Crowdfunding is definitely an option for funding an artistic project provided you have the stamina and organization. There’s very little to lose and everything to gain. However at time of writing the Kickstarter success rate is about 43% (up to date figure here) so a Plan B is a good idea – despite all the hard work we put into achieving our result I know luck also played a part.
Thursday, 13 February 2014
If only The Hobbit had been written by that other fantasy writer with the initials R.R.
Just as with An Unexpected Journey the expansion from short young adult novel to blockbuster trilogy leads to pacing problems, particularly action sequences that continue for much too long, even though beautifully shot and choreographed with plenty of humour – the barrel ride is so good the length is almost forgiveable. It doesn’t help that no-one important is in real peril, we know the main characters will all survive at least until the next film, a criticism that doesn’t tend to get levelled at the work of the other R.R. quite so often.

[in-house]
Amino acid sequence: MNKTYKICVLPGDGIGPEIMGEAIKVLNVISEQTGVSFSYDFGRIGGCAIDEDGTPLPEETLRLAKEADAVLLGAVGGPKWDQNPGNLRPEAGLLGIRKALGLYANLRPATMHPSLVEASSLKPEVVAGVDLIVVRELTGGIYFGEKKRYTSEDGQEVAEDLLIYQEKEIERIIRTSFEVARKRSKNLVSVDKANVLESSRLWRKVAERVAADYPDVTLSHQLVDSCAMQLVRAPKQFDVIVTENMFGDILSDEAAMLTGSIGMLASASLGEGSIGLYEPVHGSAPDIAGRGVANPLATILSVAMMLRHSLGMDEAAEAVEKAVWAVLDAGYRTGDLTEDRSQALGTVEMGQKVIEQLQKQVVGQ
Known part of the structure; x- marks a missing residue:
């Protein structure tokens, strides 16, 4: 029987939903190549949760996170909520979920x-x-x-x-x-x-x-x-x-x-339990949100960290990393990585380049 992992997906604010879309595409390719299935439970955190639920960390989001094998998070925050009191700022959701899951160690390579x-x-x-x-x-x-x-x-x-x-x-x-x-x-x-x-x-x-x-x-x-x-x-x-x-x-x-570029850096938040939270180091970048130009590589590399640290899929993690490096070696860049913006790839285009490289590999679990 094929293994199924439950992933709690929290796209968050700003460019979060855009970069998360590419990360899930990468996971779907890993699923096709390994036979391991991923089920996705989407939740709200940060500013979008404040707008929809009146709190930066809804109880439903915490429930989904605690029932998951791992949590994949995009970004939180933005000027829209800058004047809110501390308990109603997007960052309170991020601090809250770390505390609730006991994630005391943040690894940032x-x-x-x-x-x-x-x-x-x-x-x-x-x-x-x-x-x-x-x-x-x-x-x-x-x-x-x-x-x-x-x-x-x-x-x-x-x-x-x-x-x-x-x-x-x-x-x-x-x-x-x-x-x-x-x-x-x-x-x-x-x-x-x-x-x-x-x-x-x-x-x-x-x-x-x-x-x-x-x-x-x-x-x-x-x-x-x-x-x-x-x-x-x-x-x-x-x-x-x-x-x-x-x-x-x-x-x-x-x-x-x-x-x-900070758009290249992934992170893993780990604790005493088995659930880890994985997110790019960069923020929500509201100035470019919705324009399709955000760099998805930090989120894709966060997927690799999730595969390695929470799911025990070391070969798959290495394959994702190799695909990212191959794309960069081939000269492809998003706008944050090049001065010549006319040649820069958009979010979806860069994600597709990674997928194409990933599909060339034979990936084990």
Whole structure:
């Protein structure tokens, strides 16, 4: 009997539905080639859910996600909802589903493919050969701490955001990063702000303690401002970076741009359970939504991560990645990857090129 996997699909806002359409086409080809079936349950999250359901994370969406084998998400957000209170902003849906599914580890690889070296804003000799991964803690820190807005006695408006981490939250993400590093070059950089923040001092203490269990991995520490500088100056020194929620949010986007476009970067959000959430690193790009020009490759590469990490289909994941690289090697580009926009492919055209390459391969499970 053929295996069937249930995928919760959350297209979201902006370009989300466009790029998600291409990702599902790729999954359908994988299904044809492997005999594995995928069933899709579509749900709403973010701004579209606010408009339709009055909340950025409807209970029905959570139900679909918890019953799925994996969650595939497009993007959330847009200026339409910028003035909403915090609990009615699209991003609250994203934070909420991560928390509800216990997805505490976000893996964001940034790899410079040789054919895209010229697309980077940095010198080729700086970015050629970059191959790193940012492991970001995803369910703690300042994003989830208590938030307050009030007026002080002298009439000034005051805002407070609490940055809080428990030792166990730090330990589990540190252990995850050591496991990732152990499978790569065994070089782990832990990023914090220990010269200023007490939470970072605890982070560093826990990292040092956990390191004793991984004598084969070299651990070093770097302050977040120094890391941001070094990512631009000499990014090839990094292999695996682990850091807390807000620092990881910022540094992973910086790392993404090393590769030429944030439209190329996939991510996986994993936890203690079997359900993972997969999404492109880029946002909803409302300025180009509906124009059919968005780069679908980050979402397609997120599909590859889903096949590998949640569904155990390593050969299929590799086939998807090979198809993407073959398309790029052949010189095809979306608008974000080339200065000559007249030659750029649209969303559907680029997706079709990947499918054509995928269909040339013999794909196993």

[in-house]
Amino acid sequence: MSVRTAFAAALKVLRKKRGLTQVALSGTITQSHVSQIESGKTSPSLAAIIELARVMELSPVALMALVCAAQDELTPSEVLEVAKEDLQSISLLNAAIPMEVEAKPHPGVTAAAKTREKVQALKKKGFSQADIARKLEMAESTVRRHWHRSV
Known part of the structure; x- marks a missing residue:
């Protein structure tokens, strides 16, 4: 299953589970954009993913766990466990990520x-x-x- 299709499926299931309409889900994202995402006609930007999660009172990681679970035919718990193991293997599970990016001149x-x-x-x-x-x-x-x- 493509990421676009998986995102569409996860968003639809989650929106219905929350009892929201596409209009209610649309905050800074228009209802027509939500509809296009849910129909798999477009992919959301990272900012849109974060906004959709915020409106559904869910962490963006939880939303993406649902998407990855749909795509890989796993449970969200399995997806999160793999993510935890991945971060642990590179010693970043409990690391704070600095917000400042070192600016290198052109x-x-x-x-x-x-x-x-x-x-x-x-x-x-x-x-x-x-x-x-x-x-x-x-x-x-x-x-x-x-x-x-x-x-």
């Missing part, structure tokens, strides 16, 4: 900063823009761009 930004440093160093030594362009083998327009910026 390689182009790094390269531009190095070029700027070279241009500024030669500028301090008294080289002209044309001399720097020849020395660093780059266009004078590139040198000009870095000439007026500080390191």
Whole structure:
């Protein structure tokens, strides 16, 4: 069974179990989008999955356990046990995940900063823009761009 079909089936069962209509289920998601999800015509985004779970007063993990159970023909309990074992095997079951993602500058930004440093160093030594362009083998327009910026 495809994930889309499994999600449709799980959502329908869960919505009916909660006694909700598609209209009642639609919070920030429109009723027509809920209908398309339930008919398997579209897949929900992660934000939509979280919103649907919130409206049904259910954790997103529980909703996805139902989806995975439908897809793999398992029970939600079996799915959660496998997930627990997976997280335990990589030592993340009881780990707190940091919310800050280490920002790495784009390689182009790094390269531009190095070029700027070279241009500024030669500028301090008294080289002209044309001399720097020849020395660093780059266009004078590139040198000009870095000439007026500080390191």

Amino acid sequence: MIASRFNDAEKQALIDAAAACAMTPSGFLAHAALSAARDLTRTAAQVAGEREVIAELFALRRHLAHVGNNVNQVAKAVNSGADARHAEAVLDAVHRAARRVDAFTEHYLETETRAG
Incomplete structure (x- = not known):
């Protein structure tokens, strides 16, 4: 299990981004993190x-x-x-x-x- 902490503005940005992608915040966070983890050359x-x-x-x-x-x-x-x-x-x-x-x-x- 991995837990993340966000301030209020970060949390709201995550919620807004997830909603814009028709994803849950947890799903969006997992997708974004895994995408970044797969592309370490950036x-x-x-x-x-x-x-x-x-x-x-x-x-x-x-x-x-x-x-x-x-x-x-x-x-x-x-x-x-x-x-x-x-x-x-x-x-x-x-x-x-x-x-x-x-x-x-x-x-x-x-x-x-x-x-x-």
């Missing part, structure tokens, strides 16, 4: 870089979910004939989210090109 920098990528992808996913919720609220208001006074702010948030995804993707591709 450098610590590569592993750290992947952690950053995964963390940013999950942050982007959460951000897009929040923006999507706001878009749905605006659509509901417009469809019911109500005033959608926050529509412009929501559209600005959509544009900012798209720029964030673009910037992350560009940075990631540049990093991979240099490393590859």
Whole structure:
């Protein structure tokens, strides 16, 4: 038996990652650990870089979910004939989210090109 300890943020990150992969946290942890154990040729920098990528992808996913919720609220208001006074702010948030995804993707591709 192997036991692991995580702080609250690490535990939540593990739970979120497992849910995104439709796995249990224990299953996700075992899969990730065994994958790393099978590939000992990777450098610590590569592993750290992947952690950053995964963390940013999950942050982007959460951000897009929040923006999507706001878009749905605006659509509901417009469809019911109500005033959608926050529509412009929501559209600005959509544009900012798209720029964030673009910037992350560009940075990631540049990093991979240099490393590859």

Another problem for R.R. but not for R.R. is gender balance: I commented on the absence of female roles in An Unexpected Journey and it seems Peter Jackson heard my cries of pain.
A romantic side-plot has been pulled from thin air in order to give an interesting role to Evangeline Lilly as warrior elf Tauriel. This jars with my memories of the novel but I am thankful: there is such a thing as being too faithful to the source.
Even if it drags in places, The Desolation Of Smaug is more enjoyable than An Unexpected Journey. Both films feature outstanding performances from the all-star cast which now includes Evangeline Lilly, Benedict Cumberbatch as a distinctly Sherlock-like dragon, and a bizarre but highly amusing cameo by Stephen Fry.
Incidentally I should stress that I saw The Desolation Of Smaug in 3D/24FPS so I cannot comment on the additional frames included in the HFR version which could well take the film in a whole different direction.
Monday, 10 February 2014